Optimized DNA extraction and metagenomic sequencing of airborne microbial communities

Journal name:
Nature Protocols
Year published:
Published online


Metagenomic sequencing has been widely used for the study of microbial communities from various environments such as soil, ocean, sediment and fresh water. Nonetheless, metagenomic sequencing of microbial communities in the air remains technically challenging, partly owing to the limited mass of collectable atmospheric particulate matter and the low biological content it contains. Here we present an optimized protocol for extracting up to tens of nanograms of airborne microbial genomic DNA from collected particulate matter. With an improved sequencing library preparation protocol, this quantity is sufficient for downstream applications, such as metagenomic sequencing for sampling various genes from the airborne microbial community. The described protocol takes ~12 h of bench time over 2–3 d, and it can be performed with standard molecular biology equipment in the laboratory. A modified version of this protocol may also be used for genomic DNA extraction from other environmental samples of limited mass or low biological content.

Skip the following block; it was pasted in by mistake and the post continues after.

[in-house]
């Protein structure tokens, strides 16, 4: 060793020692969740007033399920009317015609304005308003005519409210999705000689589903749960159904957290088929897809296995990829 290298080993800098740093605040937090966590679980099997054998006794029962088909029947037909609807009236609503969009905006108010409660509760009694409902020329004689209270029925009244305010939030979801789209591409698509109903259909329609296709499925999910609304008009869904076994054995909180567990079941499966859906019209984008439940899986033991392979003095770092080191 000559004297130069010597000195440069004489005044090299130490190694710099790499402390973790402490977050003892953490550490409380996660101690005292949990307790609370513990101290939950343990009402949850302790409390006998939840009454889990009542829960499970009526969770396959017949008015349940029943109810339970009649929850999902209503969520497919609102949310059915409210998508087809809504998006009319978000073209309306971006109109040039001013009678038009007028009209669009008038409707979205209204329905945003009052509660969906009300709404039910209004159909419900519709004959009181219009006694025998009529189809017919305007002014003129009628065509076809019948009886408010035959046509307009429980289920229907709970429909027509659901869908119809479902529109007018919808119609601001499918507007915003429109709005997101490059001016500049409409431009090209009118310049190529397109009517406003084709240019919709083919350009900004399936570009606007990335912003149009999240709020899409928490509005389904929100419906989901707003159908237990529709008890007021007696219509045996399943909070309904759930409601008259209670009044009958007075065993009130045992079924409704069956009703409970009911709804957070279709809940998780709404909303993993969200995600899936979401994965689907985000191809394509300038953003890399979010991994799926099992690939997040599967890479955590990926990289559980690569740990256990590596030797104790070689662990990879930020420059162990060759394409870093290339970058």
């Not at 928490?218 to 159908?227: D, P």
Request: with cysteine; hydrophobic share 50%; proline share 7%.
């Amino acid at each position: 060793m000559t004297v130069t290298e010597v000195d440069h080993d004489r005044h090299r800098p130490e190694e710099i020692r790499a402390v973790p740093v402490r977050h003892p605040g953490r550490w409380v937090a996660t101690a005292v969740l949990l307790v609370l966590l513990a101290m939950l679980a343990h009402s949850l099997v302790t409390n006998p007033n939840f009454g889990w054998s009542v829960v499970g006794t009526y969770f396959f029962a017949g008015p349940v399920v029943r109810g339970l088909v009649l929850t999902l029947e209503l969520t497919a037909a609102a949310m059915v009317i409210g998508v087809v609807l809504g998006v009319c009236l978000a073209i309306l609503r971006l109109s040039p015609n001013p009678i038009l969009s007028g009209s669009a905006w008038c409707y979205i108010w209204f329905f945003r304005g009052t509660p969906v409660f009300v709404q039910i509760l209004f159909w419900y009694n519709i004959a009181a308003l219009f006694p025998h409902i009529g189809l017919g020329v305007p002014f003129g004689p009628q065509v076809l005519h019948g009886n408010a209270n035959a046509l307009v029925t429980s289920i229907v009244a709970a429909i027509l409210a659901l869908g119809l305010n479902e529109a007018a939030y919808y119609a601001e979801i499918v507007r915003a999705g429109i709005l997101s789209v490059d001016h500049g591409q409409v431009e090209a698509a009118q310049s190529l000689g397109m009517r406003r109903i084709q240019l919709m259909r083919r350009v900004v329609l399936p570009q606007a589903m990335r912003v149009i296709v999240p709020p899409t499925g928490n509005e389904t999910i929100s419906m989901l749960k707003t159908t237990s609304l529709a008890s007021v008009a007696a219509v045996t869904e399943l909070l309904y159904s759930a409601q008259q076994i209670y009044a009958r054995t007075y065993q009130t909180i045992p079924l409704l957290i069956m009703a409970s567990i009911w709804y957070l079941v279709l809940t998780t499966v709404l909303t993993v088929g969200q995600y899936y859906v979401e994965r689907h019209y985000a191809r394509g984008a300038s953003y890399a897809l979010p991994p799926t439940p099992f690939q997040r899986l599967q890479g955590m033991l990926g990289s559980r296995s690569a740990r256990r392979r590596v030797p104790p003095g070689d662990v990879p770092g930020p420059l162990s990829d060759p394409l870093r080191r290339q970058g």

At a glance


  1. Workflow for particulate matter sample pretreatment.
    Figure 1: Workflow for particulate matter sample pretreatment.

    After sample collection (Steps 1–5), the sample pretreatment workflow includes cutting and rolling the quartz filter containing the collected particulate matter (Step 8), buffer wash (Step 9), PES filter recollection (Steps 10–11) and shredding the PES filter into small pieces (Step 12) before the subsequent cell lysis and DNA extraction steps (Steps 13–25).

  2. Experimental setup for particulate matter collection and sample pretreatment.
    Figure 2: Experimental setup for particulate matter collection and sample pretreatment.